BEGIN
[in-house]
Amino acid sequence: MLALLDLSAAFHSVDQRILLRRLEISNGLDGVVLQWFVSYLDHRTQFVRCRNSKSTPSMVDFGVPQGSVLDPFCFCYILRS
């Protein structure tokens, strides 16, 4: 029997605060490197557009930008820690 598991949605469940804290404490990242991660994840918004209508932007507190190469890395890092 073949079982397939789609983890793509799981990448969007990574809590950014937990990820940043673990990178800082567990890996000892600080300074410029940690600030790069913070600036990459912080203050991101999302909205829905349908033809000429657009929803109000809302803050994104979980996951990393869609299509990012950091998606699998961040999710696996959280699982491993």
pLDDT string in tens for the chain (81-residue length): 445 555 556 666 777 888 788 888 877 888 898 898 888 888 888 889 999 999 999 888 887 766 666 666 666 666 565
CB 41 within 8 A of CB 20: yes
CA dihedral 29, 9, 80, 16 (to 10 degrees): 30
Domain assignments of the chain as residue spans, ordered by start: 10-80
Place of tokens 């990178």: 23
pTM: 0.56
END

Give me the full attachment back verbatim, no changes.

[in-house]
Amino acid sequence: MLALLDLSAAFHSVDQRILLRRLEISNGLDGVVLQWFVSYLDHRTQFVRCRNSKSTPSMVDFGVPQGSVLDPFCFCYILRS
């Protein structure tokens, strides 16, 4: 029997605060490197557009930008820690 598991949605469940804290404490990242991660994840918004209508932007507190190469890395890092 073949079982397939789609983890793509799981990448969007990574809590950014937990990820940043673990990178800082567990890996000892600080300074410029940690600030790069913070600036990459912080203050991101999302909205829905349908033809000429657009929803109000809302803050994104979980996951990393869609299509990012950091998606699998961040999710696996959280699982491993």
pLDDT string in tens for the chain (81-residue length): 445 555 556 666 777 888 788 888 877 888 898 898 888 888 888 889 999 999 999 888 887 766 666 666 666 666 565
CB 41 within 8 A of CB 20: yes
CA dihedral 29, 9, 80, 16 (to 10 degrees): 30
Domain assignments of the chain as residue spans, ordered by start: 10-80
Place of tokens 């990178």: 23
pTM: 0.56